At last, Spring has arrived in Manhattan, Kansas. It is and was a long-awaited, miss-conceived, desiccated Spring, but I'm declaring Spring nonetheless. I have to, for if I waited any longer, I'd be in mid-summer and sweltering. This is no longer a Spring of a few wee annual bulbs now, this is full-blown everything growing Spring. No spring rains yet, but hopefully the ground will get re-saturated before July steals it all away. There is plenty of wind blasting past, however, wind that kept me awake all last night and wind that has kept my roof from being repaired for over 3 months since the December gales that lifted a few shingles. And frosts galore, frosts that ruined my annual celebration with Magnolia stellata and has dampened the impact of purple 'Ann' this year.
I was struck, two mornings ago, by the morning light and beauty of my awakening back yard. Color drew me out to take the photograph above, pastels and spring pinks, a cool morning but sufficient to celebrate the collage of spring colors in the back yard; volunteer redbud in the foreground, occasional blush of magnolia in the borders, my red peach in full bloom in the back. And the houses on the ridgeline south, across the golf course, visible now, but invisible to my inner eye which still sees the bare hilltops I used to see here.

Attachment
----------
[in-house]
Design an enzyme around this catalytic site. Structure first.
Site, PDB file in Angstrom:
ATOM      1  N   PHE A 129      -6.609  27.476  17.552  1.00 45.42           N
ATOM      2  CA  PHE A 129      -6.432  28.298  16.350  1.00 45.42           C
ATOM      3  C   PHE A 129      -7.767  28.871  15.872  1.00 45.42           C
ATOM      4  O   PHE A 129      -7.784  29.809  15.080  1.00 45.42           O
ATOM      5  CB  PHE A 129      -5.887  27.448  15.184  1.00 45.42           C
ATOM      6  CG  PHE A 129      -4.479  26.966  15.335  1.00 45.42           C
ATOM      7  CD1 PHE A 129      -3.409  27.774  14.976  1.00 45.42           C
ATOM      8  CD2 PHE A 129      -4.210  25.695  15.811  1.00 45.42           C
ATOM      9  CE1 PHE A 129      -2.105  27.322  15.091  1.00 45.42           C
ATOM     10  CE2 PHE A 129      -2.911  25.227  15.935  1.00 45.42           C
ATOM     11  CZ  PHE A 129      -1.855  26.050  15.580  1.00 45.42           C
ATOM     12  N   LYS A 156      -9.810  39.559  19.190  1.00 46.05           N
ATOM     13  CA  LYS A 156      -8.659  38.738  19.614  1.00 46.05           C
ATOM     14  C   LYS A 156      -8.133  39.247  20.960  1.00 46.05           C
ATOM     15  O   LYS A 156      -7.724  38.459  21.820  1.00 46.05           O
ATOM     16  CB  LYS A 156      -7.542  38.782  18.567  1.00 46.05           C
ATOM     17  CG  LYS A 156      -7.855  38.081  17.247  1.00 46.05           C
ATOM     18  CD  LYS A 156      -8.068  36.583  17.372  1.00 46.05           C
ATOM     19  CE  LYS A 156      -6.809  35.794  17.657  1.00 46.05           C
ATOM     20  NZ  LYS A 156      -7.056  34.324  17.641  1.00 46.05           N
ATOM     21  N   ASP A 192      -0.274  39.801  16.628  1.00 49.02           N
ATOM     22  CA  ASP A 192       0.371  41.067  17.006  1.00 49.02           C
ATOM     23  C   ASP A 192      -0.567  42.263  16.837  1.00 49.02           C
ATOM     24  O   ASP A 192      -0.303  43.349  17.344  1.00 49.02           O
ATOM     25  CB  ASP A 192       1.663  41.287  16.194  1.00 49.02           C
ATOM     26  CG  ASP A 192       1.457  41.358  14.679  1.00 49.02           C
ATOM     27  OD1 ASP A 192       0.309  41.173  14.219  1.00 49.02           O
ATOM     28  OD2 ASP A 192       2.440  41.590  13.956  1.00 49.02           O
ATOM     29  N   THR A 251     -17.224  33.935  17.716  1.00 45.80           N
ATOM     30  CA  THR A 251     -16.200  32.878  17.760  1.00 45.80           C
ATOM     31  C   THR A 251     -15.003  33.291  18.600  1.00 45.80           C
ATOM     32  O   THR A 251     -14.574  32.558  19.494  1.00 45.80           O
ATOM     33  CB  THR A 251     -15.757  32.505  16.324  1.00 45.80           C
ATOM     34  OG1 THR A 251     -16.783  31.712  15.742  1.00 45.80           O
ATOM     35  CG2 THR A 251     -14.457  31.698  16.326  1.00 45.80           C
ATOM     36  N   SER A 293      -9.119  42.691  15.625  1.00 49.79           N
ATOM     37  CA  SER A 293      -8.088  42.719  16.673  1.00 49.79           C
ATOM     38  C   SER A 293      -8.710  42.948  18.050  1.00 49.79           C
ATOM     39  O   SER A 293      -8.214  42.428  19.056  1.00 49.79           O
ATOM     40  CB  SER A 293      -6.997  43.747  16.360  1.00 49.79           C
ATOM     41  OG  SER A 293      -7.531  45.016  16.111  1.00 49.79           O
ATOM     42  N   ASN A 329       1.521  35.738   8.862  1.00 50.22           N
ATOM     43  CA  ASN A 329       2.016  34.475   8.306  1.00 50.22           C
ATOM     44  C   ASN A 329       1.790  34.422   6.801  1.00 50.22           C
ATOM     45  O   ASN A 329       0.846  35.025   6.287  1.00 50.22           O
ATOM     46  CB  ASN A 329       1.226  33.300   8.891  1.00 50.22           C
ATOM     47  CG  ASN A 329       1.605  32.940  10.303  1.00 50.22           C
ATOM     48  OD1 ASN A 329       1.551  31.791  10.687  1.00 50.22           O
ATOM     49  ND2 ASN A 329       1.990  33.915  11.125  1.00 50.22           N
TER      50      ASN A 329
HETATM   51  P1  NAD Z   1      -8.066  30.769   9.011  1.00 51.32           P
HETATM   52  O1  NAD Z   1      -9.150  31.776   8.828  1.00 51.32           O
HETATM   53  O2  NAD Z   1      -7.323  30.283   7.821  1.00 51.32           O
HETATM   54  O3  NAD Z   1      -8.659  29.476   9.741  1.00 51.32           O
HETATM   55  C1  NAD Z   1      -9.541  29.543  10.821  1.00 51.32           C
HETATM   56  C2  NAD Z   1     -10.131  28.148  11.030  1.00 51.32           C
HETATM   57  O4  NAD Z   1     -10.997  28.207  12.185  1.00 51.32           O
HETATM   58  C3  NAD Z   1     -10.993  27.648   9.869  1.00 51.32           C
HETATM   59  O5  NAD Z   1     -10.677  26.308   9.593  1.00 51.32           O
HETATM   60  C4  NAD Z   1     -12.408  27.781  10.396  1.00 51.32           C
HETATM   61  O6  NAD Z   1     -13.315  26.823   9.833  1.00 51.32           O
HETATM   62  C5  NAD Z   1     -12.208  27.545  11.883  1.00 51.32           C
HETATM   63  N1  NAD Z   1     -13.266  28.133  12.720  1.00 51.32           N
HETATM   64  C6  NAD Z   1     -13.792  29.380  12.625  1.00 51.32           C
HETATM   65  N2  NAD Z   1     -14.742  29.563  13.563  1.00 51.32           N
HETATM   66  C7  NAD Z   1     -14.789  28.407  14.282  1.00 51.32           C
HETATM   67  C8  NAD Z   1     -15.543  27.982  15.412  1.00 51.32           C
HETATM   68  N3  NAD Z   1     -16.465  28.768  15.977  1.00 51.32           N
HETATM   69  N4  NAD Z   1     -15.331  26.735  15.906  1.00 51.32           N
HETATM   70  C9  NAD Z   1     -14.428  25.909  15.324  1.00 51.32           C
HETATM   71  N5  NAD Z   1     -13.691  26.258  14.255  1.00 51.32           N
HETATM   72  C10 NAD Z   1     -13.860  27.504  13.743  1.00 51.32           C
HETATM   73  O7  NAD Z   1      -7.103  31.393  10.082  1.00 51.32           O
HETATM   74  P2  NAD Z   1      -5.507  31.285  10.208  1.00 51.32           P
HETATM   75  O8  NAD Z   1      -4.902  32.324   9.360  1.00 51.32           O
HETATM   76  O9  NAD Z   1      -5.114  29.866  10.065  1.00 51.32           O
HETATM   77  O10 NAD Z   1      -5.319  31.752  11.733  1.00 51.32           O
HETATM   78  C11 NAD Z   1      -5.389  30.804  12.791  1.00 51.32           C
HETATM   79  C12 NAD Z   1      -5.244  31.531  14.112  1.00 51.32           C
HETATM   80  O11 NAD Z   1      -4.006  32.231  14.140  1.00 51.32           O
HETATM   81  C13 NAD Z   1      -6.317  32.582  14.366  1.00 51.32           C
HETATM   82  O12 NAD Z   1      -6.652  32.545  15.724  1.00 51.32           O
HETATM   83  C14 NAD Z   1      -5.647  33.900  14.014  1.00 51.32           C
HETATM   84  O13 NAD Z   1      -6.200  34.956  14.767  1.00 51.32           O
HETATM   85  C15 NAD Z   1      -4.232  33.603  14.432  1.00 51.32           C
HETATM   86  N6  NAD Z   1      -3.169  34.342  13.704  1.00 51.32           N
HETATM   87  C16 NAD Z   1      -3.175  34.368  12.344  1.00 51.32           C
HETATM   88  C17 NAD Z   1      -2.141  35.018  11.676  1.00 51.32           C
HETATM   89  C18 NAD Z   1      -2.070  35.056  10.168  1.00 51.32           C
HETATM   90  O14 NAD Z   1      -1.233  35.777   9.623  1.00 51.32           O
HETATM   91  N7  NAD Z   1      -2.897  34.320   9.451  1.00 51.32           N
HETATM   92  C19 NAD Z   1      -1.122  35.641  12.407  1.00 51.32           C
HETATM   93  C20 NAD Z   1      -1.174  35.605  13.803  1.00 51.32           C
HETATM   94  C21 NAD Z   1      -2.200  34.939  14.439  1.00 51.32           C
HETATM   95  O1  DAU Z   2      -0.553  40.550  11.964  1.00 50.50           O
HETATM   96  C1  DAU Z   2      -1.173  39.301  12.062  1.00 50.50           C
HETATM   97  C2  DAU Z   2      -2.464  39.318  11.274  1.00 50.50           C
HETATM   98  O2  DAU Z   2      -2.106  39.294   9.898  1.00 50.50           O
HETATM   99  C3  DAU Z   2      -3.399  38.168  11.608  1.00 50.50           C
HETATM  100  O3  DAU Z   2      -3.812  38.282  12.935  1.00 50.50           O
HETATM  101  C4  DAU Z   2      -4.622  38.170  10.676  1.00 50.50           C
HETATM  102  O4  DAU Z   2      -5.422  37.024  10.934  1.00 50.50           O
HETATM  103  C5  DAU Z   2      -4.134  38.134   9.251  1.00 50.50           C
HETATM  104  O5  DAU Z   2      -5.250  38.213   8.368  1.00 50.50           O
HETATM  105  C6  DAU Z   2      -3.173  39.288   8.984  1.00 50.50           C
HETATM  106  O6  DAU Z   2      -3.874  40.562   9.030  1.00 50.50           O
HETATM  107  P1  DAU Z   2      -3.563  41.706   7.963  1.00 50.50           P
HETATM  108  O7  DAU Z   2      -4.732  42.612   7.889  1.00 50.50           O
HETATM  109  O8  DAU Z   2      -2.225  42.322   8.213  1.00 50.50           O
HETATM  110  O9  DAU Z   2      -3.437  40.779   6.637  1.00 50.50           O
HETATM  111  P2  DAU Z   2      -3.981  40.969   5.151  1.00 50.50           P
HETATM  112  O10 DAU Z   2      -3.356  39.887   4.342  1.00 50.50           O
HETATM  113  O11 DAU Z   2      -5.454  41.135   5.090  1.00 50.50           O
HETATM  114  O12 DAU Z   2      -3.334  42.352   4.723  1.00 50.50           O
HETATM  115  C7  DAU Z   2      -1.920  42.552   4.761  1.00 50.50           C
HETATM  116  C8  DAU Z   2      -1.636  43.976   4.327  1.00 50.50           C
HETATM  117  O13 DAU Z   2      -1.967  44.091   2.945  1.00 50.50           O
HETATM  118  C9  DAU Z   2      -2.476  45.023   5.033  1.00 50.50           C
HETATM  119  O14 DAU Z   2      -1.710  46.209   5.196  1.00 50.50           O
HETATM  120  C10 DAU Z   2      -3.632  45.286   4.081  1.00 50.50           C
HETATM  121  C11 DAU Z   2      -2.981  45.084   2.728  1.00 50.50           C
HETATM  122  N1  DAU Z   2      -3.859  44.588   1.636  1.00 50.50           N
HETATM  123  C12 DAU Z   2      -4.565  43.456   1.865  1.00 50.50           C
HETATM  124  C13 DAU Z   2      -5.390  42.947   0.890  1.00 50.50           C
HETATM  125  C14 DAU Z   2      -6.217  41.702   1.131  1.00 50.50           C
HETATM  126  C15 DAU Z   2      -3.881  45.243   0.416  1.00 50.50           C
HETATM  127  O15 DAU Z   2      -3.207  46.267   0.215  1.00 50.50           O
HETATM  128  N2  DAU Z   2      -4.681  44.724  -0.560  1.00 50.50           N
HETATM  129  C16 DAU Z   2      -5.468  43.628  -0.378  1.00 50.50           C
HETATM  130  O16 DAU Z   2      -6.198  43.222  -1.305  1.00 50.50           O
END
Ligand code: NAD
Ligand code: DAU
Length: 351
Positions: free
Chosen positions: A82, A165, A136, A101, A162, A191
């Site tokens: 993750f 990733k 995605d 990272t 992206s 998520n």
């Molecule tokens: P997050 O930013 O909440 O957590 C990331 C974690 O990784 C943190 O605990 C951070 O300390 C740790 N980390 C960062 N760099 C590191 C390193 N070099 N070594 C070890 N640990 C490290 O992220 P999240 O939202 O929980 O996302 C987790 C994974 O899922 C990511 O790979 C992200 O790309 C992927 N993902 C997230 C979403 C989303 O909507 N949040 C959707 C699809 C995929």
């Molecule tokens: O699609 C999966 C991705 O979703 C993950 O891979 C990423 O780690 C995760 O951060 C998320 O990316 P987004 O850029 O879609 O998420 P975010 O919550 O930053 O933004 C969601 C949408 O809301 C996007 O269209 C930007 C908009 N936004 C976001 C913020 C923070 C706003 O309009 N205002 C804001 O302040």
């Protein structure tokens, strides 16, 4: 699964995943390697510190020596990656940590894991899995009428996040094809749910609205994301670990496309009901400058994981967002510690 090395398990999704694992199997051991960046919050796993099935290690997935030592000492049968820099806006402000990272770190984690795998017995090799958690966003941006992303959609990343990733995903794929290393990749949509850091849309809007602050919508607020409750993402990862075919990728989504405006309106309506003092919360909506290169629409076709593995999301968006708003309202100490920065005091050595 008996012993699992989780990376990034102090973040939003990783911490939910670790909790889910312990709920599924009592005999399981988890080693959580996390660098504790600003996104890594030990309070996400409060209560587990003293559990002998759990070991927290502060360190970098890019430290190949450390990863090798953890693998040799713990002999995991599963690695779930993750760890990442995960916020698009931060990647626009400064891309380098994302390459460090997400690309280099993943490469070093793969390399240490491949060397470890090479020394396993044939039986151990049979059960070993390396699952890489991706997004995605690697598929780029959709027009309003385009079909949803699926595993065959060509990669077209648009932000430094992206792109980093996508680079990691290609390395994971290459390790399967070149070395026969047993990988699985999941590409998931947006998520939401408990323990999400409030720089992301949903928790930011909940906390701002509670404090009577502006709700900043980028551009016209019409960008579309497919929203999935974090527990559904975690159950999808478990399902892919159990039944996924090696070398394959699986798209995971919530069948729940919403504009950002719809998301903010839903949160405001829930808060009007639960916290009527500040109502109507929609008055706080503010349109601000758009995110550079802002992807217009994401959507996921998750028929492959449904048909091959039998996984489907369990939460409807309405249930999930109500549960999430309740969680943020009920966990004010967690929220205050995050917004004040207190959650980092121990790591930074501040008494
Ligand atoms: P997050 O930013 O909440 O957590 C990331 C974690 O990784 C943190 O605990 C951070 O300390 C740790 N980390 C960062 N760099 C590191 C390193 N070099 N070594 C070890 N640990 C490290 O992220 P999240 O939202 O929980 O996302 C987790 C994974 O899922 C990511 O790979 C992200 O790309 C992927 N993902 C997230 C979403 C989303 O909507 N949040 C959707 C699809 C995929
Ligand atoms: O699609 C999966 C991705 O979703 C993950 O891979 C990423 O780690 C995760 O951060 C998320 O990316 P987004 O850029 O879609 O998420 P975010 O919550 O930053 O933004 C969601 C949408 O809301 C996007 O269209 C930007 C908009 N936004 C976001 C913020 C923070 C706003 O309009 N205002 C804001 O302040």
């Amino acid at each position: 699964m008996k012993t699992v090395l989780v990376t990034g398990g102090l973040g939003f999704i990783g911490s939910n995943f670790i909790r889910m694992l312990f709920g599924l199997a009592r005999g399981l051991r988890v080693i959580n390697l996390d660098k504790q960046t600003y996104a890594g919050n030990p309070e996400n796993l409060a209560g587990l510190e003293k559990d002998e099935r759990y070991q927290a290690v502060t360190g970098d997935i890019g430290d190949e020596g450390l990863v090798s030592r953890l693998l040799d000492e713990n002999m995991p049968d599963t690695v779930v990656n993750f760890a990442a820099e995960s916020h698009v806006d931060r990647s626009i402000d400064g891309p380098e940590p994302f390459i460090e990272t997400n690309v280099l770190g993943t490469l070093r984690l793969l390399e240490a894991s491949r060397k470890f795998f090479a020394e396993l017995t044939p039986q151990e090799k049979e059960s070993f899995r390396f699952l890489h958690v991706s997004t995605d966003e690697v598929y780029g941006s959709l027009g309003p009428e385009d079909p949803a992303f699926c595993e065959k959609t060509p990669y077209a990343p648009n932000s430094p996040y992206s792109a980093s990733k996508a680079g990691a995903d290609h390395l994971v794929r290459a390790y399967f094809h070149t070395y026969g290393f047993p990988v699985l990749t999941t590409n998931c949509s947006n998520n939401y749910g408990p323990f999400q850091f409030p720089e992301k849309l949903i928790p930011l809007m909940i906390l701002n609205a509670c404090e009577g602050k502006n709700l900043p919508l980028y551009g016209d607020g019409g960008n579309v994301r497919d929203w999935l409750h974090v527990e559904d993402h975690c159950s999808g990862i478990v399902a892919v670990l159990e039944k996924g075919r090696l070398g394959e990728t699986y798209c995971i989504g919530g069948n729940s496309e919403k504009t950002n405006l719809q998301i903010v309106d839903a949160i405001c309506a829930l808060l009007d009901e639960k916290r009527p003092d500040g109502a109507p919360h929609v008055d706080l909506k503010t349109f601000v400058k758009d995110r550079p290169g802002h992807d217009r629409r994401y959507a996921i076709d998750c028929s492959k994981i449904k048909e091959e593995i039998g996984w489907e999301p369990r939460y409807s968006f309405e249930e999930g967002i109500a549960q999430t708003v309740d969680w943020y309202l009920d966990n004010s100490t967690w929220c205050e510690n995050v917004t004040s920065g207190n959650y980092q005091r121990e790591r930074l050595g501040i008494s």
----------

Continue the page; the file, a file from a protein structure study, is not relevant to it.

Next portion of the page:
My primary focus this morning is on my lilac line, the end of the garage pad at the house, beloved pink and white 'Annabelle' at the back. Some are in full bloom, some just partially open and others yet to start, but a mere whiff of air on that side of the house saturates you with lilac and converts every racing thought to a lazy dream. The "Most Spectacular" award this year goes to Syringa oblata 'Betsy Ross', a 2000 U.S. National Arboretum introduction from the 1970's breeding program of Dr. Donald Egolf. My 'Betsy Ross', planted in 2013 and photographed this cloudy morning. She is certainly now well worth the Andrew Jackson photograph I traded for her when she was a small plant. Perfect white panicles, non-damaged this year by frost, wind or rain, and as fragrant as a bottle of perfume. I can't ask for more.
It is, in fact Spring outdoors and indoors right now. This rare (I think) yellow Christmas cactus is now blooming for the third time since November, and the colors are even more rich and deep than it's first bloom. Fully 80% of my Christmas cacti are still cycling bloom, months and months of delicate color to fill the sunroom.
I leave you, this cloudy morning of Spring, with the last of the daffodils that live in the coldest, darkest, northern exposure of my landscape. Last to bloom, they are protected there from wind at the least, perfect blooms and cheery faces to remind me they will be back next year again. Yes, we've had a few sprinkles this morning to brighten them up, but the ground beneath is bone dry, crying for moisture, for the re-quenching rains that should come with Spring. Is that still too much to ask for?